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Denis Shapovalov talks to ATPTour.com ahead of the grass-court season.

Shapo's 'Love/Hate' Relationship With Grass

Learn about the Canadian's dream grass-court player

Editor's Note: Denis Shapovalov is into his first Grand Slam semi-final at Wimbledon. This story was originally published on 9 June 2021.

Denis Shapovalov will return to the ATP Tour this week as the top seed at the MercedesCup, an ATP 250 grass-court event based in Stuttgart. The No. 14 in the FedEx ATP Rankings, who is 14-11 on the season, will be eager to improve his record in the German city, having lost in the first round in 2018 and 2019.

The 22-year-old Canadian, who is searching for his first title of the year in Stuttgart, sat down with ATPTour.com to discuss his love for grass-court tennis, his memories of the John Isner-Nicolas Mahut epic at Wimbledon – and why he has a 'love-hate relationship' with his favourite surface. 

What is the biggest adjustment you have to make when switching to grass?
I just think it is a lot smaller steps on the grass to adjust and you can’t take big steps because then you are going to be out of place, or you are going to be more likely to slip. I think it is just those little steps here and there and it puts a lot of pressure on the legs and the calves, so that is the biggest adjustment.

The first thing that comes to mind when it comes to grass-court tennis?
Probably diving. It is the season to dive, even though I am too scared to do it. I will just watch the other guys do it.

Do you suffer from allergies on the grass?
Yeah, I have been dying the last two days, it has been brutal. Usually, this is the time of year I have allergies, so for sure it is difficult as my nose gets stuffed, and my eyes get itchy. It is brutal. Normally during the match, I will be fine. It is after in the evening and with the pollen too, it just gets to you, but I still love it, so it is a love-hate relationship.

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Your favourite thing about playing on grass?
Just the feeling, standing on the grass. The feeling under your feet is soft and so different. It feels like a different sport, almost. To play on the grass and the history behind it, it is just amazing to be out there. It is a really short part of the season but probably the most fun.

The worst thing about playing on grass?
That the season is so short it is tough to get into it. You have to be sharp right off the bat otherwise it is tricky, and you will get to Wimbledon, and other guys are more comfortable than you and you haven’t really adjusted, so it is important to feel good from the first day.

Most memorable Wimbledon match as a fan?
A lot of Roger Federer’s matches. Him against Andy Roddick when he beat the record for Grand Slams [moving to 15 in 2009], and I remember watching the match and it was such great tennis. Also, the Mahut-Isner match [in 2010] was unbelievable. I can’t even remember if I watched that match or just saw it play out over the three days. It was pretty cool to know that it was a part of history, but I was not watching for the whole entire 11 hours, though!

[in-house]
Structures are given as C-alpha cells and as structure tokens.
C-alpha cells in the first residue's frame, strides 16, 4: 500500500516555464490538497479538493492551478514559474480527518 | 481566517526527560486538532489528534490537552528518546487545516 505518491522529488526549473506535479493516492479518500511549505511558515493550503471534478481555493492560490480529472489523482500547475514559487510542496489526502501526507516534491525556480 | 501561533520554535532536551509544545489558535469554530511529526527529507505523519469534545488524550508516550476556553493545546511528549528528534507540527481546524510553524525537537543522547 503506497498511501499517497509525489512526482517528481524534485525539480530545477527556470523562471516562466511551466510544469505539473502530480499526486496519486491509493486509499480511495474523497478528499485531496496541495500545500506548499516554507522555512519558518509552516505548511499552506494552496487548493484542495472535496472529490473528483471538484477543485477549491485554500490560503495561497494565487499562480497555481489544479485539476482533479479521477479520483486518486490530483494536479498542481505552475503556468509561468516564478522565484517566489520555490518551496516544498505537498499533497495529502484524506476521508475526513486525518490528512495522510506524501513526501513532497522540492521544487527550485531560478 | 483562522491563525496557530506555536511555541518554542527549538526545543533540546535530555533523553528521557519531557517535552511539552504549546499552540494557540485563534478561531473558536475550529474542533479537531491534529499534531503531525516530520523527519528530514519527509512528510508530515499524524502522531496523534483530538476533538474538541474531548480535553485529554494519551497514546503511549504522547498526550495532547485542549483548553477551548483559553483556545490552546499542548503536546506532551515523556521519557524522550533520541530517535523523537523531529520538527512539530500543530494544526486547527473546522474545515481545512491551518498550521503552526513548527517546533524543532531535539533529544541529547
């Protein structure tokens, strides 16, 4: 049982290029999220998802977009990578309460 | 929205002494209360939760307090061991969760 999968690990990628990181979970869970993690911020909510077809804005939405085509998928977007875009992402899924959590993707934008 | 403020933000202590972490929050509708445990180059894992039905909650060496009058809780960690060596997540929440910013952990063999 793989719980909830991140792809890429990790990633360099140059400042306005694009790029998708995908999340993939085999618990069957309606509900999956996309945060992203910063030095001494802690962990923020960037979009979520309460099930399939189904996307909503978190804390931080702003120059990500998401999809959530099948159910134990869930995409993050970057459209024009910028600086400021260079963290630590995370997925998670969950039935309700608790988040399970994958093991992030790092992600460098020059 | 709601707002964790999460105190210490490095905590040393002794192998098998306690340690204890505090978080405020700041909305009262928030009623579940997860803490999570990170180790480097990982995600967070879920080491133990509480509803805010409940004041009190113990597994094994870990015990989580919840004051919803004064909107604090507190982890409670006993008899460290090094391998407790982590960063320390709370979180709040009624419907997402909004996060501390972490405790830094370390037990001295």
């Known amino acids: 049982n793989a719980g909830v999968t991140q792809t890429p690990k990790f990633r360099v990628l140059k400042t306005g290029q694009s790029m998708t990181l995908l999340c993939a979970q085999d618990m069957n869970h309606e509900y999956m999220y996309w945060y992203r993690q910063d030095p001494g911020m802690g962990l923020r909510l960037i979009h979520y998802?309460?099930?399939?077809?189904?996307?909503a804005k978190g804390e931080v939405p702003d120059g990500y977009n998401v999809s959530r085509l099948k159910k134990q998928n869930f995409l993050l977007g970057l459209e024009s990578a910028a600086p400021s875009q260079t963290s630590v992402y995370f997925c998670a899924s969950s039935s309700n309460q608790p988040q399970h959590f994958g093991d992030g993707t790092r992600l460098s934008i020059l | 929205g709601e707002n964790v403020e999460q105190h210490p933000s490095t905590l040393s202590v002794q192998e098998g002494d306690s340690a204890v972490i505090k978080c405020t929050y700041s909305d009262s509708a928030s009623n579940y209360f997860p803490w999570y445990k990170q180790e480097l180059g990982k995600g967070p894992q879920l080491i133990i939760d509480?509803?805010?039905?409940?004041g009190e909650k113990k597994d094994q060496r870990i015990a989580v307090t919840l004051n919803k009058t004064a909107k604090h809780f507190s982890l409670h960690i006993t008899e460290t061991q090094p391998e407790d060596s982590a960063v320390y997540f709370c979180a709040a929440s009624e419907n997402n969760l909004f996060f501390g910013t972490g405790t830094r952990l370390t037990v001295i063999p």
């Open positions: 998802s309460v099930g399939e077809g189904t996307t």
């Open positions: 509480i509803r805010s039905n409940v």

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For playing on grass, do you prefer all white or something with colour?
I am not a big fan of the all-white, to be honest. I get that it is a part of history and this and that, but I think it could be cool to have at least some colour. But I do understand it and appreciate the history behind it, but I like to have some style, of course, being young you don’t want to follow all the rules. If they let you put some colour on, I would probably pick the shoes and make them super flashy.

You get the Royal Box + 1, who would you bring?
My girlfriend, Mirjam. Of course, she would appreciate it and we would have a blast. She is a big tennis fan.

Serve and volley or chip and charge?
Serve and volley. I do it more often, but I do appreciate a good chip and charge, I just don’t think I am as good as that, I will leave that to Roger. I’ll just let rip from the return games and then serve and volley.

Fresh cut grass or worn-down grass?
Fresh cut, not about the feeling but it just looks so nice. Once it is worn down it does not look quite as neat. You are doing well in the tournament if it is worn down, but unfortunately, besides juniors, that has not been the case for me.

If you could play any player from any generation on grass, who would it be and why?
Who is terrible on grass? I would want an easy match. No, maybe Bjorn Borg or Pete Sampras, just to feel what it’s like to play against them, especially on that surface where they’ve had so much success. Roger as well, but hopefully I can still get that chance. If I had to choose one, I’d say Borg and we’d go wooden rackets, and I wouldn’t win a game.

Build the perfect grass-court player - forehand, backhand, serve, volley, slice?
Milos Raonic on the serve, his serve is a joke, especially on the grass, his kick would be crazy. Forehand Rafael Nadal. That heavy spin is hard to handle, and I want to save Roger for the volley. The return has got to be Novak Djokovic, I don’t need to go further. Backhand, Andy Murray, it is so compact. Slice would be Feliciano Lopez, it is incredible.

Three things you would bring while waiting in the Wimbledon queue overnight?
Well, I’d bring a tent, sleeping bag, and a portable battery for my phone. Even though that is four things, I can bring the battery attached to the phone.

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